Referring to FIG. 3, another flexible trailing anode, detachable connector and cable are shown in cross-section and drawn to scale.
The flexible trailing anode 62 is designed for 105 ampere service and comprises a 3A; inch diameter, 7 x 19 stranded titanium wire rope 64 where each wire is .025 inch in diameter. The titanium wire rope 64 is 171/2 feet long and is given a to 30 micro-inch thick flash coat of inert platinum to conduct the cathodic protective current to the sea water.
A streamlined titanium sleeve fitting 66 is swaged .onto the end lof the trailing end of the anode 62 to prevent unraveling of the wire rope 64.
The other end of the anode is swaged into a female connector 68 for detachable connection to a titanium male connector 70 that is swaged to the composite tow cable 72. Female connector 68 'has a circular groove 74 to hold a neoprene Oring 76 to seal the threaded connection between the -two connectors. In order to minimize any added resistance between the two connectors by the formation of a partially insulating tlm on the titanium threads, 4the O-ring 76 seals the threaded connection from the sea water.
A tapered titanium locking pin 78 is driven through a hole in female connector 68 at the threaded connector section to prevent loosening of the connectors or loss of the anode 62 during service.
Cable *72 may be rnade smaller for the l05 ampere service `than the cable in FIG. 2 and has a central core S0 of 6 x 19 stranded wire of .O14 inch diameter copper wire.
A layer of 19 strands of .014 inch diameter steel wire, indicated by number 82, is wound around and forms a layer about the copper core 80 to provide a 1000 pound tensile strength for the cable 72.
A .030 inch thick layer 84 of polyethylene is extruded around the steel wire 82 and a .030 inch thick sheath 86 of nylon is extruded around the polyethylene layer 84 for abrasion and corrosion resistance.
The composite cable 72 has an outer diameter of .42 inch and is sealed to male connector 70 by light swaging with the help of grooves 88. The copper core 80 and steel wire 82 are bare at 90 and extend beyond layers 52 and 54 for firm swaging in Ithe male connector 70.
The llexible anode 62 and cable 72 as shown in FIG. 3 will trail easily and smoothly through the water and may be wound over the sheaves 22 and reel 24 without breaking or bending.
Flexible trailing anodes can be built to almost any current carrying capacity. However, the primary limiting factor is the anode size necessary to carry the current and still be relatively light weight, small diameter, and supple for easy towing. rIhe applicants experience indicates that, for systems up to 250 ampere capacity, platinum coated titanium cable can be used for the anode section and can still retain its flexibility.
Above 250 ampere capacity, platinum coated tantalum cable is preferred because tantalum has about one fourth the electrical resistivity of titanium and will withstand voltages across the oxide ihn of up to volts. As a typical example, for a 400 ampere system constructed in accordance with FIG. 2 or 3, a tantalum cable would use a M1 inch cable 'by 12 feet in length.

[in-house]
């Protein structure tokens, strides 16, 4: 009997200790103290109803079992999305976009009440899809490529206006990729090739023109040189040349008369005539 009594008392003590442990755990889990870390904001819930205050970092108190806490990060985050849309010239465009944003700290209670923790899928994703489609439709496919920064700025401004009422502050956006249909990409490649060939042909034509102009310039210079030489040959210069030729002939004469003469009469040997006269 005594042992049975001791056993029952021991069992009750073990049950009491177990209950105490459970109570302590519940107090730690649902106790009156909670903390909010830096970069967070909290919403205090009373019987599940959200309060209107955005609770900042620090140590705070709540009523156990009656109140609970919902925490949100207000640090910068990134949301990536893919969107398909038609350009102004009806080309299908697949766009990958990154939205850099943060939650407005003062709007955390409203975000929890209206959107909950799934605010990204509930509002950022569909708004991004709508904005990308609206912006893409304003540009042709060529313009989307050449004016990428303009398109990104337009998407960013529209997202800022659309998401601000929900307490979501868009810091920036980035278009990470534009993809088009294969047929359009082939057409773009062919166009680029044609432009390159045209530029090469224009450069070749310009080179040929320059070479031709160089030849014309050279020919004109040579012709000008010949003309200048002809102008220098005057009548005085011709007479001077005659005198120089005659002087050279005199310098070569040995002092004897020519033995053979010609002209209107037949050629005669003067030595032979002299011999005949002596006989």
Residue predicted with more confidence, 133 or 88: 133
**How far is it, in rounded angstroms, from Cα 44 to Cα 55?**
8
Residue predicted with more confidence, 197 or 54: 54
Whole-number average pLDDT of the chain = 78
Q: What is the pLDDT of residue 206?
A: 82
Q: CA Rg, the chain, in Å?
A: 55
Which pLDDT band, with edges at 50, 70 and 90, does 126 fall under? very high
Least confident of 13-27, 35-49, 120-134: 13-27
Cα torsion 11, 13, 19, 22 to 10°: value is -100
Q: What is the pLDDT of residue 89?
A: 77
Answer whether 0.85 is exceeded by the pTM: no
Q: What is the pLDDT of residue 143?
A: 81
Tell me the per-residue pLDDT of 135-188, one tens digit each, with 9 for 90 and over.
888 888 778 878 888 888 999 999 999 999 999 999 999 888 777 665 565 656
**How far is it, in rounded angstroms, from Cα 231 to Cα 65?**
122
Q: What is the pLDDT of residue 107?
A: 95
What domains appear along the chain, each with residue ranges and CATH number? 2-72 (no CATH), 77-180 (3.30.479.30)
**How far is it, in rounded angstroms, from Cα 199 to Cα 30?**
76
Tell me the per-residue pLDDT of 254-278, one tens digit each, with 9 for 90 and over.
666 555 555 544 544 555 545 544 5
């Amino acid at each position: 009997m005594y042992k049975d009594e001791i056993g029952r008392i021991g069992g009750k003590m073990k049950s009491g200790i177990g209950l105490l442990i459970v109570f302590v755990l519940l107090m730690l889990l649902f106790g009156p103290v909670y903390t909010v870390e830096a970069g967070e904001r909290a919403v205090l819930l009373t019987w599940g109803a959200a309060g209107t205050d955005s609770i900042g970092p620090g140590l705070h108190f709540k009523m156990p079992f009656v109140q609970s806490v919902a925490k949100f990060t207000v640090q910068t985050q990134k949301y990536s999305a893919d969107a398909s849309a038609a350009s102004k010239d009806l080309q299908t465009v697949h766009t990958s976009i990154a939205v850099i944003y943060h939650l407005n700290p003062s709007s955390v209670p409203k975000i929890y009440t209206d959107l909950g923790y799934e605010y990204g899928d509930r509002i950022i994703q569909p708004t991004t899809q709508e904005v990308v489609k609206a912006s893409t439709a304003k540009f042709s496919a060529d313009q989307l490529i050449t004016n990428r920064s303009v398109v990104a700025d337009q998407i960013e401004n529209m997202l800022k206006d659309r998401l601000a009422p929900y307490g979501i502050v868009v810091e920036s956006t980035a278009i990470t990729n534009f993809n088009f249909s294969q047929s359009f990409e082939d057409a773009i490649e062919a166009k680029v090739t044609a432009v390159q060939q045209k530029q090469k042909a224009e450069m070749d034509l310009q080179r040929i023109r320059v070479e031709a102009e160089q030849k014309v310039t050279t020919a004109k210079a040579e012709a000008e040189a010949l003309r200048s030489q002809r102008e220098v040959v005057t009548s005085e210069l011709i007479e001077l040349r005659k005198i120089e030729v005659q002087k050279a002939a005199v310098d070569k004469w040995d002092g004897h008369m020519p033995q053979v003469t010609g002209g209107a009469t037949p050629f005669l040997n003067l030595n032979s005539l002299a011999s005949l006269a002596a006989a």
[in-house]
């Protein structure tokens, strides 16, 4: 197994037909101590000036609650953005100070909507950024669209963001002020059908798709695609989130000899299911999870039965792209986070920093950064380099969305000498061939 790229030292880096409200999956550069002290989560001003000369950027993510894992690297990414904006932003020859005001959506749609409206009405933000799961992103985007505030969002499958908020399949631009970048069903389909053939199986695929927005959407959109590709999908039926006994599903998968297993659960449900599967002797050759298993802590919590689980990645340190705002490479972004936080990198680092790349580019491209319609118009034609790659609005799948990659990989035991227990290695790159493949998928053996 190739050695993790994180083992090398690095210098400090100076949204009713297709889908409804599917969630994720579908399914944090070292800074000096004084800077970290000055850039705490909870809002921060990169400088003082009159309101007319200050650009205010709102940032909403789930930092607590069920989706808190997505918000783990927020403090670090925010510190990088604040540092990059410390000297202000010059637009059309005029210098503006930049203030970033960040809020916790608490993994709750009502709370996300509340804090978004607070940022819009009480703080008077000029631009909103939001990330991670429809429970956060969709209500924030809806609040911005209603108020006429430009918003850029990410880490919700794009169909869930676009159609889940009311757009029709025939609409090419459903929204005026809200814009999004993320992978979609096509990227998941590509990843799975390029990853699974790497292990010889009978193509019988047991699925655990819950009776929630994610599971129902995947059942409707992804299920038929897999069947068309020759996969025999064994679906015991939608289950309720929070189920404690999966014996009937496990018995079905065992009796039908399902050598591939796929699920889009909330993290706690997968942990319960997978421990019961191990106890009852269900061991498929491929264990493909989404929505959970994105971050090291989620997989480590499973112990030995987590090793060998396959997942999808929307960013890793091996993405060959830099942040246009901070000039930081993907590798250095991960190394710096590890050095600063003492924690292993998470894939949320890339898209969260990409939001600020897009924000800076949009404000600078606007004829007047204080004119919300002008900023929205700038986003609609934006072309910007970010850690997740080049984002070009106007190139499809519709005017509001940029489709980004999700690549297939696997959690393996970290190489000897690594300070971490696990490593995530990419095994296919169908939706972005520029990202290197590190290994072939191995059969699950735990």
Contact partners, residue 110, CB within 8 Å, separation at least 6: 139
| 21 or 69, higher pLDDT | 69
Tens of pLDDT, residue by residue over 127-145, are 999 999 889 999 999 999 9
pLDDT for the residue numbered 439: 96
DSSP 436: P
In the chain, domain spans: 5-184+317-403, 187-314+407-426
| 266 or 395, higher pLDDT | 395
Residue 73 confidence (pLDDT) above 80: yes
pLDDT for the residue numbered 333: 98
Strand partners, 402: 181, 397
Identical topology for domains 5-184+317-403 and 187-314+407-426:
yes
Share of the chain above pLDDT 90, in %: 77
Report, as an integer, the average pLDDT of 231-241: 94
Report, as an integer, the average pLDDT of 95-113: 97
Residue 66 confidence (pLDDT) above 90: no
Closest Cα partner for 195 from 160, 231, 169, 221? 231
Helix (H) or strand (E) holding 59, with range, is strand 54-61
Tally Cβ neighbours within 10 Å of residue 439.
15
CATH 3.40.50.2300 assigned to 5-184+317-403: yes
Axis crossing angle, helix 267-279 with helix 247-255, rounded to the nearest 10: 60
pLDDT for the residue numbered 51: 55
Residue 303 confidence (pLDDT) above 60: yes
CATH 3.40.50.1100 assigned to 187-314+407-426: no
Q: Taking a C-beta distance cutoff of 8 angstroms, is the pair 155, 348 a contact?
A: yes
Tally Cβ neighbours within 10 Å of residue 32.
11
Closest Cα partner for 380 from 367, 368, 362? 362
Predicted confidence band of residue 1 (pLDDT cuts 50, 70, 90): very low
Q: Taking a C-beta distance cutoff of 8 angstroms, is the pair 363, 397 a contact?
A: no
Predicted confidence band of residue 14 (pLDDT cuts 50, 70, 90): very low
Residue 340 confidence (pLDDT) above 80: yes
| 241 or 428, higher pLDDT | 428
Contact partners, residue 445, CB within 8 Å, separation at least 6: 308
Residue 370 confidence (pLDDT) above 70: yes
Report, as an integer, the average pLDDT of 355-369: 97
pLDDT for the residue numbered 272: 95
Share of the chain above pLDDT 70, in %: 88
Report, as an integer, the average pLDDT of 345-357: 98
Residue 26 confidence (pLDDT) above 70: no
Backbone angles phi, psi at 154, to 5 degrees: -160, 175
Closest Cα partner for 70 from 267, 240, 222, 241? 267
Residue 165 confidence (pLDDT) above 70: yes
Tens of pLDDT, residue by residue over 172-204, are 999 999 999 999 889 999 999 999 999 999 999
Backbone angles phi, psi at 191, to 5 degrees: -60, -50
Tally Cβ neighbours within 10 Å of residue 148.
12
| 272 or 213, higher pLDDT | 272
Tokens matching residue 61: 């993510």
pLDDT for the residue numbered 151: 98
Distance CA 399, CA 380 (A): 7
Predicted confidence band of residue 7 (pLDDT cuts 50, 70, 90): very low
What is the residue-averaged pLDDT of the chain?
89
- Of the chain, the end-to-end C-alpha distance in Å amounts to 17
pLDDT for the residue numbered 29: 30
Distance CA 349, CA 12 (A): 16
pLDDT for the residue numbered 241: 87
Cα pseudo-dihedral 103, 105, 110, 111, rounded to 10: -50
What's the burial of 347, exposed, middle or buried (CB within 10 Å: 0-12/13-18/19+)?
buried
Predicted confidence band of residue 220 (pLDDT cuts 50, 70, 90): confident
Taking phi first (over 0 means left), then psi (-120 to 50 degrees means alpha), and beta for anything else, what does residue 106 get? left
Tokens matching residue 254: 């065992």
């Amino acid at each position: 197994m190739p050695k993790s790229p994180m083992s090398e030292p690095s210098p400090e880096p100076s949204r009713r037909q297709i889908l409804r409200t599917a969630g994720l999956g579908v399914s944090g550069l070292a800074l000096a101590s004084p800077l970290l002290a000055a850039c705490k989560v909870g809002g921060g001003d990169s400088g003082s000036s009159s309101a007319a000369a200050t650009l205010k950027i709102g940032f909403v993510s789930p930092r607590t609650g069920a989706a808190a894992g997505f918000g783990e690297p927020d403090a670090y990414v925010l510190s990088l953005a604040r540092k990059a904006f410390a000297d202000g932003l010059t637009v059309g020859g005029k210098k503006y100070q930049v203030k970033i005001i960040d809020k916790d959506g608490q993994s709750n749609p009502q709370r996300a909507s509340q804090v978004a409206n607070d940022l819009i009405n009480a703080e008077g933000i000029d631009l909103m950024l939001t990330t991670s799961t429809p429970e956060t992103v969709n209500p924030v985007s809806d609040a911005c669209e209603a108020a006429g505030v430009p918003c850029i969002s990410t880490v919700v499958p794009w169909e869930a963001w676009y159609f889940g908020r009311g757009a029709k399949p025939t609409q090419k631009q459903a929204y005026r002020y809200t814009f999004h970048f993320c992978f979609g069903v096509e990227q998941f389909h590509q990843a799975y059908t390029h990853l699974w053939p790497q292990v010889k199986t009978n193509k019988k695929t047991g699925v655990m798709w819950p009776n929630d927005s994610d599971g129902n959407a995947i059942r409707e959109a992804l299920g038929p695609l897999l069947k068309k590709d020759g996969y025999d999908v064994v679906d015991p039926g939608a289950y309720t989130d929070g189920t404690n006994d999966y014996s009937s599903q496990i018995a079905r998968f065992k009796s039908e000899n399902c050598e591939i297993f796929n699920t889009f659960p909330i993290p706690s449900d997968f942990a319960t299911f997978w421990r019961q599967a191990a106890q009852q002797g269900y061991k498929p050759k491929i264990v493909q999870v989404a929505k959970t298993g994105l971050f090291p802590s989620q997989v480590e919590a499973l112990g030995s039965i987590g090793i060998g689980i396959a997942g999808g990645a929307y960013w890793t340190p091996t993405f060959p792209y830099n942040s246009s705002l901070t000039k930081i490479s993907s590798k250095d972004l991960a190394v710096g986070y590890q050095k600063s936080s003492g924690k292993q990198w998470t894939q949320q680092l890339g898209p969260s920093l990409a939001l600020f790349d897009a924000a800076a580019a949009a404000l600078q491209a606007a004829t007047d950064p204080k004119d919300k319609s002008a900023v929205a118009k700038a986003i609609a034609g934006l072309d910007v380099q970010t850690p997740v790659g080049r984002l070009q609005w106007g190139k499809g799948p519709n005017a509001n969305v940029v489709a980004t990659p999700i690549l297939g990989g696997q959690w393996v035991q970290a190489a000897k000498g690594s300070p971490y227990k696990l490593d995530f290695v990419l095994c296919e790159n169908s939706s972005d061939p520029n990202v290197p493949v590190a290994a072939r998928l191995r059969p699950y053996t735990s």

The flexible trailing anodes as thus described are simple `to manufacture on automatic cable and wire machines while the inert platinum coatings may be applied in the form of very thin or flash coatings to minimize the total cost.
Since the anodes are exible and therefore distribute any torsion, tension, or bending along their whole length without concentrating it at the connection between the anode and cable, the anodes, connectors, and cables will have a long life. Also, variations between the weight per foot and outer dimensions of the anodes, connectors, and cable will not create undesirable oscillations or vibrations.
Obviously many modifications and variations of the present invention are possible in the light of the above teachings. It is therefore to be understood that within the scope of the appended claims the invention may be practiced otherwise than as specifically described.
What is claimed is:
1. An inert, exible trailing anode system for the cathodic protection of ocean going ships adapted for reeling onto a retrieving -reel mounted aboard a ship comprising a trailing anode cable connectable at one end to the reel and the other end adapted to trail a cathodic protective anode through the ocean, wherein said cable comprises a central steel wire core to provide a mcchanically strong connection between the ship and anode, a nylon coat molded on an end of said core, a coaxial stranded copper conductor mounted around said core to provide a high conductivity electrical connection between the ship and said anode, a neoprene plastic insulator molded around said copper sleeve and a polyvinyl ohloride plastic sheath molded around said insulator; the inert, exible trailing anode attached to the said other end of said cable comprising a plurality of Wires made from a metal selected from the group consisting of titanium and tantalum and a platinum coated titanium strip swaged around said wires for transmitting a cathodic protective current to the ship; a first streamlined titanium fitting swaged around said -cable and anode; a titanium ball fitting swaged around the trailing end of said anode; and means connected between said cable and ship for passing a cathodic protective current between said anode and ship.